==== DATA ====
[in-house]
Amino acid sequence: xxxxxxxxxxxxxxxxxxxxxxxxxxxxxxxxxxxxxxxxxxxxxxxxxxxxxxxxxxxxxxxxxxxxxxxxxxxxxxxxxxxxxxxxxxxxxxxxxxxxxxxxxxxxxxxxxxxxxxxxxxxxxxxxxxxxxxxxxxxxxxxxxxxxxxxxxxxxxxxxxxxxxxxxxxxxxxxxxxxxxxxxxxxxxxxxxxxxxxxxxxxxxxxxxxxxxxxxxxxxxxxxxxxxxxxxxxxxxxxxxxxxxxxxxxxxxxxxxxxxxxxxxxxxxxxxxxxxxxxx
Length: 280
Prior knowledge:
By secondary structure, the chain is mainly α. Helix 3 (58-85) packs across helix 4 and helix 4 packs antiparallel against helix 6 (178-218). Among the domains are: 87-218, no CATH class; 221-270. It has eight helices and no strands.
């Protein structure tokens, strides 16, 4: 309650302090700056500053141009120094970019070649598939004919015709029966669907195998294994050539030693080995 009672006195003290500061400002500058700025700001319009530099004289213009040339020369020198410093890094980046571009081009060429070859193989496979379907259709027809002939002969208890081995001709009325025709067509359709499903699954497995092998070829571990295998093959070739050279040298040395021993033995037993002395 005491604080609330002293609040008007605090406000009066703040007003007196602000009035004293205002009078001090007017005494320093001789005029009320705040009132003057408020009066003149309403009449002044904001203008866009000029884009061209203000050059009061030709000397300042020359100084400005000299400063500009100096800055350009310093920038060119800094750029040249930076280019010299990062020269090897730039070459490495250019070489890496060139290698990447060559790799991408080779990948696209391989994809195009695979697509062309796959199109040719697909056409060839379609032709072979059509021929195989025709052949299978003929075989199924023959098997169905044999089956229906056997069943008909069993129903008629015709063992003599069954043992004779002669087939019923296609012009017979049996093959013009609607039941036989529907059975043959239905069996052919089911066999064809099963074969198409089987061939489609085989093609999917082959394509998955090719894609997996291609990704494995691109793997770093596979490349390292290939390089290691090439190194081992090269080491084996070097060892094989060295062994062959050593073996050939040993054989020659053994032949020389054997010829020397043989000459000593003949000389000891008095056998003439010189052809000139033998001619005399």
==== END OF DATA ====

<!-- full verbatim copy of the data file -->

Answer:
[in-house]
Amino acid sequence: xxxxxxxxxxxxxxxxxxxxxxxxxxxxxxxxxxxxxxxxxxxxxxxxxxxxxxxxxxxxxxxxxxxxxxxxxxxxxxxxxxxxxxxxxxxxxxxxxxxxxxxxxxxxxxxxxxxxxxxxxxxxxxxxxxxxxxxxxxxxxxxxxxxxxxxxxxxxxxxxxxxxxxxxxxxxxxxxxxxxxxxxxxxxxxxxxxxxxxxxxxxxxxxxxxxxxxxxxxxxxxxxxxxxxxxxxxxxxxxxxxxxxxxxxxxxxxxxxxxxxxxxxxxxxxxxxxxxxxxx
Length: 280
Prior knowledge:
By secondary structure, the chain is mainly α. Helix 3 (58-85) packs across helix 4 and helix 4 packs antiparallel against helix 6 (178-218). Among the domains are: 87-218, no CATH class; 221-270. It has eight helices and no strands.
């Protein structure tokens, strides 16, 4: 309650302090700056500053141009120094970019070649598939004919015709029966669907195998294994050539030693080995 009672006195003290500061400002500058700025700001319009530099004289213009040339020369020198410093890094980046571009081009060429070859193989496979379907259709027809002939002969208890081995001709009325025709067509359709499903699954497995092998070829571990295998093959070739050279040298040395021993033995037993002395 005491604080609330002293609040008007605090406000009066703040007003007196602000009035004293205002009078001090007017005494320093001789005029009320705040009132003057408020009066003149309403009449002044904001203008866009000029884009061209203000050059009061030709000397300042020359100084400005000299400063500009100096800055350009310093920038060119800094750029040249930076280019010299990062020269090897730039070459490495250019070489890496060139290698990447060559790799991408080779990948696209391989994809195009695979697509062309796959199109040719697909056409060839379609032709072979059509021929195989025709052949299978003929075989199924023959098997169905044999089956229906056997069943008909069993129903008629015709063992003599069954043992004779002669087939019923296609012009017979049996093959013009609607039941036989529907059975043959239905069996052919089911066999064809099963074969198409089987061939489609085989093609999917082959394509998955090719894609997996291609990704494995691109793997770093596979490349390292290939390089290691090439190194081992090269080491084996070097060892094989060295062994062959050593073996050939040993054989020659053994032949020389054997010829020397043989000459000593003949000389000891008095056998003439010189052809000139033998001619005399």